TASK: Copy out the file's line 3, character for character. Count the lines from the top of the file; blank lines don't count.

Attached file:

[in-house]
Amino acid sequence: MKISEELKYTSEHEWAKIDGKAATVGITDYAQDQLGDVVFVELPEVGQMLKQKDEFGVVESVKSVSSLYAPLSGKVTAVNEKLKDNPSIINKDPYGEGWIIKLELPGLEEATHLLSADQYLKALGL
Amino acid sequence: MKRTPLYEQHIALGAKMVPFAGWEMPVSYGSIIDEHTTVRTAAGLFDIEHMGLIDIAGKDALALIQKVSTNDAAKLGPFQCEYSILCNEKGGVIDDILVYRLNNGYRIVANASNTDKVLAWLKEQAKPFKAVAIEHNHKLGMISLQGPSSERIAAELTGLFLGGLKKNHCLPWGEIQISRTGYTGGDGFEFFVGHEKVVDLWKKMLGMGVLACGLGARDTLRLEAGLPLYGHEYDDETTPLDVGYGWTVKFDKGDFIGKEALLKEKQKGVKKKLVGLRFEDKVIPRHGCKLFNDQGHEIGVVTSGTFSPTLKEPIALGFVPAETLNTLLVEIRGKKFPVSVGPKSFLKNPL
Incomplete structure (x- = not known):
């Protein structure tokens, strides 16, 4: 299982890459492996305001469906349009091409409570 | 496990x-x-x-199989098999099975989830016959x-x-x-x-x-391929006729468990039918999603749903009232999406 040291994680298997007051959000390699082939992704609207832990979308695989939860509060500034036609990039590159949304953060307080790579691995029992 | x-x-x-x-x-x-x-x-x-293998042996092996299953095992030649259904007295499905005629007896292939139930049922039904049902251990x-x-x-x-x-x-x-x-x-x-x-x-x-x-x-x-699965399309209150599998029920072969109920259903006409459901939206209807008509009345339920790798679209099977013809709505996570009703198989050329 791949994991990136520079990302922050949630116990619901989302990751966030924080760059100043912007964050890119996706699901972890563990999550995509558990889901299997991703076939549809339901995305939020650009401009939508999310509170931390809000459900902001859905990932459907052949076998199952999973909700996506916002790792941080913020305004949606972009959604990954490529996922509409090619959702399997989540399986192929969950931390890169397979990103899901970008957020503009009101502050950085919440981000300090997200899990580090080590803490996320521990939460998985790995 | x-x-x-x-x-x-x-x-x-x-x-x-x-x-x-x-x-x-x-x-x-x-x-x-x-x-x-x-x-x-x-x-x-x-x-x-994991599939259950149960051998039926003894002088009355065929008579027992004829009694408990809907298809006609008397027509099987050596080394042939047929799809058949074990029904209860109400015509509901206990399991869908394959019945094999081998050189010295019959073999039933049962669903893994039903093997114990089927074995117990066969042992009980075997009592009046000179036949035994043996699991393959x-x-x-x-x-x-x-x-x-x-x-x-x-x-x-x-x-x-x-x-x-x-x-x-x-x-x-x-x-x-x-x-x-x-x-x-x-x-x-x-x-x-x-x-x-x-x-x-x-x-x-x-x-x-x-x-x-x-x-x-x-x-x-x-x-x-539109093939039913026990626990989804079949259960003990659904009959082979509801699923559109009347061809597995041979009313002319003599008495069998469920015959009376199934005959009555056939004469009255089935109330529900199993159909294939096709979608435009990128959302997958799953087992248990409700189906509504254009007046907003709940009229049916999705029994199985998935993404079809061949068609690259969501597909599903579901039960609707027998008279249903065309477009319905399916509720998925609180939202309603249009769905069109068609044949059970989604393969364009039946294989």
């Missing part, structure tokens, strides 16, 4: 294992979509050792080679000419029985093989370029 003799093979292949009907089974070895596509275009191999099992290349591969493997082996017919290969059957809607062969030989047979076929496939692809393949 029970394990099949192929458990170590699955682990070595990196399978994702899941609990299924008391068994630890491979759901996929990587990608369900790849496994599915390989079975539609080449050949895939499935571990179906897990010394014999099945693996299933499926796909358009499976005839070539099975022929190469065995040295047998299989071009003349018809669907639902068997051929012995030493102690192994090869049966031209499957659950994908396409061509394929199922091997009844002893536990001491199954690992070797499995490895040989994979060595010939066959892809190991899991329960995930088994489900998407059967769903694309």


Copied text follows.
Amino acid sequence: MKRTPLYEQHIALGAKMVPFAGWEMPVSYGSIIDEHTTVRTAAGLFDIEHMGLIDIAGKDALALIQKVSTNDAAKLGPFQCEYSILCNEKGGVIDDILVYRLNNGYRIVANASNTDKVLAWLKEQAKPFKAVAIEHNHKLGMISLQGPSSERIAAELTGLFLGGLKKNHCLPWGEIQISRTGYTGGDGFEFFVGHEKVVDLWKKMLGMGVLACGLGARDTLRLEAGLPLYGHEYDDETTPLDVGYGWTVKFDKGDFIGKEALLKEKQKGVKKKLVGLRFEDKVIPRHGCKLFNDQGHEIGVVTSGTFSPTLKEPIALGFVPAETLNTLLVEIRGKKFPVSVGPKSFLKNPL